I'm working on automated scripts running on a Linux box (Debian). Those scripts are started from a scheduler and are manipulating files within their own directories.

At the end of the scripts, I need to delete temporary files.

Currently, I've something like this :

#check that some variables are not empty
if [[ -z $var1 || -z $var2 || -z $var3 ]]; then
  echo "Some var is empty"
  exit 1
#some checks on working directory
if [[ ! -d $workingdir ]]; then
  echo "Directory error"
  exit 1
cd $workingdir
if [[ $(pwd) != $workingdir ]]; then
  echo "Change directory error"
  exit 1
#...here goes the main part of the script
#and at the end, the "cleaning"
if [[ -d $workingdir/temp/$var3 ]]; then
  find $workingdir/temp/$var3 -delete;

Do you have any idea I could use to reduce the risk of removing anything wrong?

Thank you.


  • 1
    First thing: "double-quote $variables". – Kamil Maciorowski Oct 15 '18 at 8:18
  • Thank you for this link. I've been searching for a while now and I'm not sure how to double-quote within a for / loop with wildcard? Should I use double-quotes around the variable only and leave the wildcard out like this ? for f in "$workingdir"*; do... – lennelei Oct 15 '18 at 14:31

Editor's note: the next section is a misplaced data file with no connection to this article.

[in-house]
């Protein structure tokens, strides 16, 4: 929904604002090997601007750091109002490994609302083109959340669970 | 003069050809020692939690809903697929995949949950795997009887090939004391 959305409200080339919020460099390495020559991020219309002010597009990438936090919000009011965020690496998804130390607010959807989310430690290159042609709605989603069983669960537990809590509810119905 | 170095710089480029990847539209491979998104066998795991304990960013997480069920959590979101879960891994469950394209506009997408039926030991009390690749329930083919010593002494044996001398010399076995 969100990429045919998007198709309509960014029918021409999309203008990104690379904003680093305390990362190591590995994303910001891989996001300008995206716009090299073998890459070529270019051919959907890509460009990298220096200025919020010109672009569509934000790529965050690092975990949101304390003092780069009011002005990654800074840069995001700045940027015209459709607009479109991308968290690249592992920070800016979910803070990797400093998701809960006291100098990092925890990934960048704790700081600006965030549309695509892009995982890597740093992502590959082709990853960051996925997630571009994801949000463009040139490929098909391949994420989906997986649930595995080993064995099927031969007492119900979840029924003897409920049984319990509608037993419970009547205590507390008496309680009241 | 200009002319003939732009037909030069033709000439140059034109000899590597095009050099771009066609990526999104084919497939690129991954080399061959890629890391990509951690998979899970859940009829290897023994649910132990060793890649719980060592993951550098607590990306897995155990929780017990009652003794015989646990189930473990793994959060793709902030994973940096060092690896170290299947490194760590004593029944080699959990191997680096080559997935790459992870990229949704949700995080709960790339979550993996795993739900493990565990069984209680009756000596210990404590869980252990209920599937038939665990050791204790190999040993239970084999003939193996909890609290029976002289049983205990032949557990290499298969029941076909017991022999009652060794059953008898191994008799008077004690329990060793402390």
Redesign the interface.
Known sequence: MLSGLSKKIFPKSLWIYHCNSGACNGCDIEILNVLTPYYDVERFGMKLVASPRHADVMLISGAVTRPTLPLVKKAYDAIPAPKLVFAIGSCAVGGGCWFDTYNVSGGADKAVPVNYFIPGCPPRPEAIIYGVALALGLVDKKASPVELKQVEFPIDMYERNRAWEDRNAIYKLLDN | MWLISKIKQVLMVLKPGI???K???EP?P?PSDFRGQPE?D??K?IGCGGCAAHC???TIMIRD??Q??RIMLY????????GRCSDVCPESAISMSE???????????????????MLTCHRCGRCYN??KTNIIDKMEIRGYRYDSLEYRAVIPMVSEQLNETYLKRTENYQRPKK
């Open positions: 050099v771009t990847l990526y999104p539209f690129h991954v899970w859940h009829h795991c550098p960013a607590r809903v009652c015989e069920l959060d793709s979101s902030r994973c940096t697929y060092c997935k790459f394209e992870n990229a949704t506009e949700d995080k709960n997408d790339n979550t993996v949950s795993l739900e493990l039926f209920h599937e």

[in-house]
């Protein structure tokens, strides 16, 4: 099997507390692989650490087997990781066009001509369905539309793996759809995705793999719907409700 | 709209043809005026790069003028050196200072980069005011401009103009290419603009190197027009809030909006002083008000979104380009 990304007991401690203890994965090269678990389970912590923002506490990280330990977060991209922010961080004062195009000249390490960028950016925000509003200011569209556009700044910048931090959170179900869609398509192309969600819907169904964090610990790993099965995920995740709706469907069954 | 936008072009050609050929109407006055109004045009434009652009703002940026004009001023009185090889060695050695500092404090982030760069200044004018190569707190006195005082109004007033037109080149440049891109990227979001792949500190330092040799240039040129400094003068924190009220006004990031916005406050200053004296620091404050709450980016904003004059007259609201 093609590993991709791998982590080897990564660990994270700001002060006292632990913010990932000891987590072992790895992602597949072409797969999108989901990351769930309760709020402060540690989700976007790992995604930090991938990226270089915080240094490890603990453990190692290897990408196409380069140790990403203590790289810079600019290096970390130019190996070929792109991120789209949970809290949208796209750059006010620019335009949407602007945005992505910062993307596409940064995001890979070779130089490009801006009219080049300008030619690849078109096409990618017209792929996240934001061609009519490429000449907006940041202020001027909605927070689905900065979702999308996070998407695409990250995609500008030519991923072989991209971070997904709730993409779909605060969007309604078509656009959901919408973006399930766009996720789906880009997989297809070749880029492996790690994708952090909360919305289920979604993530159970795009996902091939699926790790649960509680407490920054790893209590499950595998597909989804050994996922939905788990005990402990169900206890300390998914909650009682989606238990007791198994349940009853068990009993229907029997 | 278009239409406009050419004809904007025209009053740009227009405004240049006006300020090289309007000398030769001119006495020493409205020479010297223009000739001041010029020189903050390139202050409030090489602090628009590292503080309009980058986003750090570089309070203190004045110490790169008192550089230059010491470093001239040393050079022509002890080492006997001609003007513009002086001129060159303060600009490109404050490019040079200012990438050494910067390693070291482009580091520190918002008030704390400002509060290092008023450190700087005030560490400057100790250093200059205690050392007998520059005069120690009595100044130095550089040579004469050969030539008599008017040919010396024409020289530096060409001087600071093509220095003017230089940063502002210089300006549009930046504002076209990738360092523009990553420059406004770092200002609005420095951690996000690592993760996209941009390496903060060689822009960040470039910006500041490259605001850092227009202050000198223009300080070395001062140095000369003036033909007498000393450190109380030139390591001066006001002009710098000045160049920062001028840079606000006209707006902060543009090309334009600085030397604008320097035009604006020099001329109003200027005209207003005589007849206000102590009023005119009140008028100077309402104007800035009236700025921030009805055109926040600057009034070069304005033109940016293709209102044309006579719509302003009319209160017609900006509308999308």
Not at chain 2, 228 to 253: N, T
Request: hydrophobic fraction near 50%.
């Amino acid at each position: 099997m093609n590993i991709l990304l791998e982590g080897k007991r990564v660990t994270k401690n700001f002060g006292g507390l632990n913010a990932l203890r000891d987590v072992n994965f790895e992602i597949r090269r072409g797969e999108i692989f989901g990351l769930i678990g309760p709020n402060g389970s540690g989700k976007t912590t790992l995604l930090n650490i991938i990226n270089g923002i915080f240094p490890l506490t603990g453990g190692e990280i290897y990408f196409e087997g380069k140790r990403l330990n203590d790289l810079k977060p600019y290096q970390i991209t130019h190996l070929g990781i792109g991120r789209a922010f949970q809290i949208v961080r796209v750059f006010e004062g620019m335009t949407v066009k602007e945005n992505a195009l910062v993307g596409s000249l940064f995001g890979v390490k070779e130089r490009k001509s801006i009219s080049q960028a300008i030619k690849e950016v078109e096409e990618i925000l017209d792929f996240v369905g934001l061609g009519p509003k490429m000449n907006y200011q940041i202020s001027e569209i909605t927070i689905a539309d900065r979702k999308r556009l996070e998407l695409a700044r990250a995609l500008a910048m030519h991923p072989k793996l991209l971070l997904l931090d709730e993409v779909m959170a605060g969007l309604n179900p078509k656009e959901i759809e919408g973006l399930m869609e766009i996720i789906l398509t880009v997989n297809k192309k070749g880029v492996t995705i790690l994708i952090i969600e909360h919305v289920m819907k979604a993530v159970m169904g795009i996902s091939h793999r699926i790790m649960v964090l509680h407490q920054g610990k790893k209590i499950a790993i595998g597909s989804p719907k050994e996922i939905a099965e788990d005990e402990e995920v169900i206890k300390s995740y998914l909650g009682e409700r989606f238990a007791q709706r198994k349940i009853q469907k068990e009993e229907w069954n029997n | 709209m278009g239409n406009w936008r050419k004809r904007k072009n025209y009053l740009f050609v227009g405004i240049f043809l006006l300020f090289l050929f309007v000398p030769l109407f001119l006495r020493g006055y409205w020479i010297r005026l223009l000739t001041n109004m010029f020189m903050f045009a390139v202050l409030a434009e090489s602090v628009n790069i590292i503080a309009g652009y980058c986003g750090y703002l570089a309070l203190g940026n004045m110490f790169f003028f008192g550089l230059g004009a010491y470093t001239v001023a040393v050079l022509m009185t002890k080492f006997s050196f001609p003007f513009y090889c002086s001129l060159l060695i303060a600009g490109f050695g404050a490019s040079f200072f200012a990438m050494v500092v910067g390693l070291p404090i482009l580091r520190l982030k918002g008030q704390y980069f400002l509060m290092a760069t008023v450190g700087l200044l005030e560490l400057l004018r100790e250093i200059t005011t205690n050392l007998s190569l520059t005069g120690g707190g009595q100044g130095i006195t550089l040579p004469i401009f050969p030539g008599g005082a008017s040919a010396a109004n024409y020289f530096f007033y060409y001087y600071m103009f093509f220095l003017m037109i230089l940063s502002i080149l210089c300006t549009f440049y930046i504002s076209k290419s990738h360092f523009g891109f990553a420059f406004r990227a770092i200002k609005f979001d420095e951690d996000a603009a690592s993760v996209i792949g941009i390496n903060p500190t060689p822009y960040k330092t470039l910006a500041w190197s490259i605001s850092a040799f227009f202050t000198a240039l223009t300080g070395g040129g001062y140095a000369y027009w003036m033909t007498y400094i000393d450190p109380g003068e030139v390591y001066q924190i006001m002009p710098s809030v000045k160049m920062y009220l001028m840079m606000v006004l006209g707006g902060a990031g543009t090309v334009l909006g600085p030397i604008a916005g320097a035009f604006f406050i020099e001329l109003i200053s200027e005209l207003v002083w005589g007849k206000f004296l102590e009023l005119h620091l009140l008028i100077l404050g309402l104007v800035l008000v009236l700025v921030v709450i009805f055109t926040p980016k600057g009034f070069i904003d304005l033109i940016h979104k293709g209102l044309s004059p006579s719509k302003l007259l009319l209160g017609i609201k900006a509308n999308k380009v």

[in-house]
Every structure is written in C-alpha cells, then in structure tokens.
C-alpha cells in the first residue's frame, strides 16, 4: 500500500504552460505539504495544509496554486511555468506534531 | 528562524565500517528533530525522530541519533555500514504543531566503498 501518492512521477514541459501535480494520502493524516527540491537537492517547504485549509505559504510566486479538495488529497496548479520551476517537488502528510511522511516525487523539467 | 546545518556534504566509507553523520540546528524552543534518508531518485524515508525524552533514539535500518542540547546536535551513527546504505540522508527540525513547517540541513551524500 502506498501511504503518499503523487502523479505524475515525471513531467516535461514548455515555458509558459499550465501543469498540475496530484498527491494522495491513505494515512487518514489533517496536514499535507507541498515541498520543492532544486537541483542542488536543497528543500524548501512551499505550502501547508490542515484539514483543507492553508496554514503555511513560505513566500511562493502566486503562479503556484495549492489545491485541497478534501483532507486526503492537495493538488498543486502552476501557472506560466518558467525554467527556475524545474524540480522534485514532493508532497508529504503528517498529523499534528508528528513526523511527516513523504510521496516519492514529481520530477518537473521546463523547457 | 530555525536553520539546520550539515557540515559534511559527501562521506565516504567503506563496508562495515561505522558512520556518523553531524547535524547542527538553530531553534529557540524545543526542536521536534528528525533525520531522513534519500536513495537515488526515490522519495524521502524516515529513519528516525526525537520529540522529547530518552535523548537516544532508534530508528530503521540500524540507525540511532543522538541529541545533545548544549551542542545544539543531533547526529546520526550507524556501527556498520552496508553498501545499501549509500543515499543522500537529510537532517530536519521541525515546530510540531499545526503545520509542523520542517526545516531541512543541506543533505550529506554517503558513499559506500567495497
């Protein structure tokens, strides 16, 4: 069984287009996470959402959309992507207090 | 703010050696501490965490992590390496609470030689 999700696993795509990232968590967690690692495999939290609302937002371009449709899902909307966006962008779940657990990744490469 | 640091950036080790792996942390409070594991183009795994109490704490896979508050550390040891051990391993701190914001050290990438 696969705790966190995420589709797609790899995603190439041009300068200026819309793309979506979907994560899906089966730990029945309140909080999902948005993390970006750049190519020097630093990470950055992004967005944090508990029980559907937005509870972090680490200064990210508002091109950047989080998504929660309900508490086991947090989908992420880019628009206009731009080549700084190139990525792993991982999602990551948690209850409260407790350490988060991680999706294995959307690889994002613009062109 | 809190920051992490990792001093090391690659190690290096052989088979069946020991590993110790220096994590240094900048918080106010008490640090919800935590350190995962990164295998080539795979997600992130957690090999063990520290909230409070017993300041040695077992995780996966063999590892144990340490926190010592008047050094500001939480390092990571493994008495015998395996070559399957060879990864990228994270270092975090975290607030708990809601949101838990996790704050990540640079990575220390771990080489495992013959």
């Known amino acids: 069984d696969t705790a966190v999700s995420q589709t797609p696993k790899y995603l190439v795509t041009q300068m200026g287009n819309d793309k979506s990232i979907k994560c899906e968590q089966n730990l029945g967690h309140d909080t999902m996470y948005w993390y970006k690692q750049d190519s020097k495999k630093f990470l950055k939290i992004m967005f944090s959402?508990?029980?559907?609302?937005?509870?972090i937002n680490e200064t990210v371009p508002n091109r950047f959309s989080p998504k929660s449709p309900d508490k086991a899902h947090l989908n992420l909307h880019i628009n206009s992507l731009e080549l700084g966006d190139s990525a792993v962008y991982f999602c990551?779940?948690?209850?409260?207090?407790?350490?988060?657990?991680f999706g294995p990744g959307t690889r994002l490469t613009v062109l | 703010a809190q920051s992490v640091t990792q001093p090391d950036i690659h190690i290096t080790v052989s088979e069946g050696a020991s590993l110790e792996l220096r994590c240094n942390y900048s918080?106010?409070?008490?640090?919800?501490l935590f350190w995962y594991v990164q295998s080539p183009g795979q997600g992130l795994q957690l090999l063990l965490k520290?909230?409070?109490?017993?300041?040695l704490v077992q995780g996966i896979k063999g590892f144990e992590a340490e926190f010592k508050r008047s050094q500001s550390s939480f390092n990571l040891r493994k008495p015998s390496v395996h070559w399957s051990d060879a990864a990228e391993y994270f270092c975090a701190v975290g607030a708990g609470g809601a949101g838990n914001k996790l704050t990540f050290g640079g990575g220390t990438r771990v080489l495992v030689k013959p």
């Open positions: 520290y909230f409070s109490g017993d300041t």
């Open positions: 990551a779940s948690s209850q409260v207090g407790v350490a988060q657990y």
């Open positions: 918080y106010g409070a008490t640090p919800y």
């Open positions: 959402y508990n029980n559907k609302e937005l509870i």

• I don't see such syntax in the question. You shouldn't ask new questions in comments. A quoted * won't be expanded. Why won't you try echo "$workingdir"*, echo "$workingdir*", echo "$workingdir"/* and echo "$workingdir/*" and see for yourself? – Kamil Maciorowski Oct 15 '18 at 14:45
  • I'm sorry for the question, I'll open a new post. – lennelei Oct 16 '18 at 6:59

Your script knows what files are created and where they are.

This general statement is an important point here. If you really want to delete only the files that you created, keep track of which files you create. So you would typically do:

TMP1=$(mktemp -t example.1.XXXXXX)
TMP2=$(mktemp -t example.2.XXXXXX)

to create your temp-files (see man mktemp for details), and do

rm -f "$TMP1" "$TMP2"

when you're finished with the temp-files. Alternatively, you can create a temp directory and delete that one.

Something you should not do is

rm -f /tmp/example.?.*

because it will remove the temp-files for other running instances of the script as well.

  • Actually, it's a bit more complicated: the script starts a java job which uses $workingdir and $var3 variables to store temporary data in the $workingdir/temp/$var3 folder. I don't want to remove that folder within the java job because I might need it (in case of failure for example). That's why I was looking at ideas to secure the script. – lennelei Oct 17 '18 at 11:18
  • The primary point is, that you must keep track of the temp-files that your script (or Java code) creates. You can only decide which files to delete if you know what they are. – Ljm Dullaart Oct 17 '18 at 11:35

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